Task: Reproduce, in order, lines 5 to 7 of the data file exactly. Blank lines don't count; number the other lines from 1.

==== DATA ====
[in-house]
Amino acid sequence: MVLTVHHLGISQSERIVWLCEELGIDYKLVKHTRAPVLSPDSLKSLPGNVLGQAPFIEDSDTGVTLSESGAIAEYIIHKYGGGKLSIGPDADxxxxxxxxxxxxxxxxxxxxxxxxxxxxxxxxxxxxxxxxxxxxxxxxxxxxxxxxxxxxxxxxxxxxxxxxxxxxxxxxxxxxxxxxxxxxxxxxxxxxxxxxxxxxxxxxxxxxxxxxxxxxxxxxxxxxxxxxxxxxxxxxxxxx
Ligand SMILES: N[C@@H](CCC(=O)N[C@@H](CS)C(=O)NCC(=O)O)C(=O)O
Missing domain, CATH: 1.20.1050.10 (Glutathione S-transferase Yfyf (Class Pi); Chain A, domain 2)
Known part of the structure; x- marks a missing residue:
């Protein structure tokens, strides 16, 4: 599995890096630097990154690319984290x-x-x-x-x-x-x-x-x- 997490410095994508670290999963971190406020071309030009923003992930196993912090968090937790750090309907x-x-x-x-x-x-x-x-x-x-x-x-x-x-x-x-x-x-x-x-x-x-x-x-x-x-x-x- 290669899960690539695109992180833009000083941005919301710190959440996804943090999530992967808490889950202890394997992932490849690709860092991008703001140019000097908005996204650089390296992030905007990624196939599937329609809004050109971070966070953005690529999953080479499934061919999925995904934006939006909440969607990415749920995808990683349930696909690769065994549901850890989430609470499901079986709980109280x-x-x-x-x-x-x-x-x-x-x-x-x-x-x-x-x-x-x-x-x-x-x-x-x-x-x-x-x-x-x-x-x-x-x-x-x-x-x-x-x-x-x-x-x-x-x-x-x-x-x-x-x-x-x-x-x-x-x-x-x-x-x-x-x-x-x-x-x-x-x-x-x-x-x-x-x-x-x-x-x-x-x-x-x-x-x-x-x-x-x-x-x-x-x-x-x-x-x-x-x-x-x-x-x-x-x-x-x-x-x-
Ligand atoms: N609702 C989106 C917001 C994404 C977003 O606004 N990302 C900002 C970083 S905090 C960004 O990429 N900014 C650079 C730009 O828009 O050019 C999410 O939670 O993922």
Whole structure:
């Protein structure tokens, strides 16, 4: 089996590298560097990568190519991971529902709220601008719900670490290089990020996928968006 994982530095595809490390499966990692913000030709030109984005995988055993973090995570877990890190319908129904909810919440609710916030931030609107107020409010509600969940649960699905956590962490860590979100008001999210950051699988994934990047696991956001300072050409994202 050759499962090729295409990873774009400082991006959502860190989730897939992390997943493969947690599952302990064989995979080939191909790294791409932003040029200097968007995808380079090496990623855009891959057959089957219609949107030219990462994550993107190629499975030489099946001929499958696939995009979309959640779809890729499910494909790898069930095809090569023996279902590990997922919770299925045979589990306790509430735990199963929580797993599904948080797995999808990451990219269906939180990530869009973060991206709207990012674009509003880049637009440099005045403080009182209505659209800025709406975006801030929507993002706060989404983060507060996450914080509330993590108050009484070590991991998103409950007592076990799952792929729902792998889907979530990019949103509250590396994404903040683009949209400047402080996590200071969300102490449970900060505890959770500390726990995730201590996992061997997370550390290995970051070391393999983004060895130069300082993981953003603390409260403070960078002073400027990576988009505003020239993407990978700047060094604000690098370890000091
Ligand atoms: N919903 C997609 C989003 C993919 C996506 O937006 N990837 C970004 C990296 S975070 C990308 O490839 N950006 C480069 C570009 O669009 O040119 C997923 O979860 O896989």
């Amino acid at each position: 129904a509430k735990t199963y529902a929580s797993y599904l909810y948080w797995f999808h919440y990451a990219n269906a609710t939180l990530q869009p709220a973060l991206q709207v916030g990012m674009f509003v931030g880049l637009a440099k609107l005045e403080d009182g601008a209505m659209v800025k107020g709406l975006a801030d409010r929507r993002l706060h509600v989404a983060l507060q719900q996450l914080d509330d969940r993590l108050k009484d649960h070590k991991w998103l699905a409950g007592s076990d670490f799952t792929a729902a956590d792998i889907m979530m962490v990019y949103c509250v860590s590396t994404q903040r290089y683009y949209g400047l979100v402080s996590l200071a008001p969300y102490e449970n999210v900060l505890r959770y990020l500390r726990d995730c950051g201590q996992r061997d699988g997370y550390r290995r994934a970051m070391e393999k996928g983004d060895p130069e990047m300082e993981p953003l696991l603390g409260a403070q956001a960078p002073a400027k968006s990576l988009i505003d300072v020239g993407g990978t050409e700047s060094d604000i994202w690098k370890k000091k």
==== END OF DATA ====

Known part of the structure; x- marks a missing residue:
């Protein structure tokens, strides 16, 4: 599995890096630097990154690319984290x-x-x-x-x-x-x-x-x- 997490410095994508670290999963971190406020071309030009923003992930196993912090968090937790750090309907x-x-x-x-x-x-x-x-x-x-x-x-x-x-x-x-x-x-x-x-x-x-x-x-x-x-x-x- 290669899960690539695109992180833009000083941005919301710190959440996804943090999530992967808490889950202890394997992932490849690709860092991008703001140019000097908005996204650089390296992030905007990624196939599937329609809004050109971070966070953005690529999953080479499934061919999925995904934006939006909440969607990415749920995808990683349930696909690769065994549901850890989430609470499901079986709980109280x-x-x-x-x-x-x-x-x-x-x-x-x-x-x-x-x-x-x-x-x-x-x-x-x-x-x-x-x-x-x-x-x-x-x-x-x-x-x-x-x-x-x-x-x-x-x-x-x-x-x-x-x-x-x-x-x-x-x-x-x-x-x-x-x-x-x-x-x-x-x-x-x-x-x-x-x-x-x-x-x-x-x-x-x-x-x-x-x-x-x-x-x-x-x-x-x-x-x-x-x-x-x-x-x-x-x-x-x-x-x-
Ligand atoms: N609702 C989106 C917001 C994404 C977003 O606004 N990302 C900002 C970083 S905090 C960004 O990429 N900014 C650079 C730009 O828009 O050019 C999410 O939670 O993922």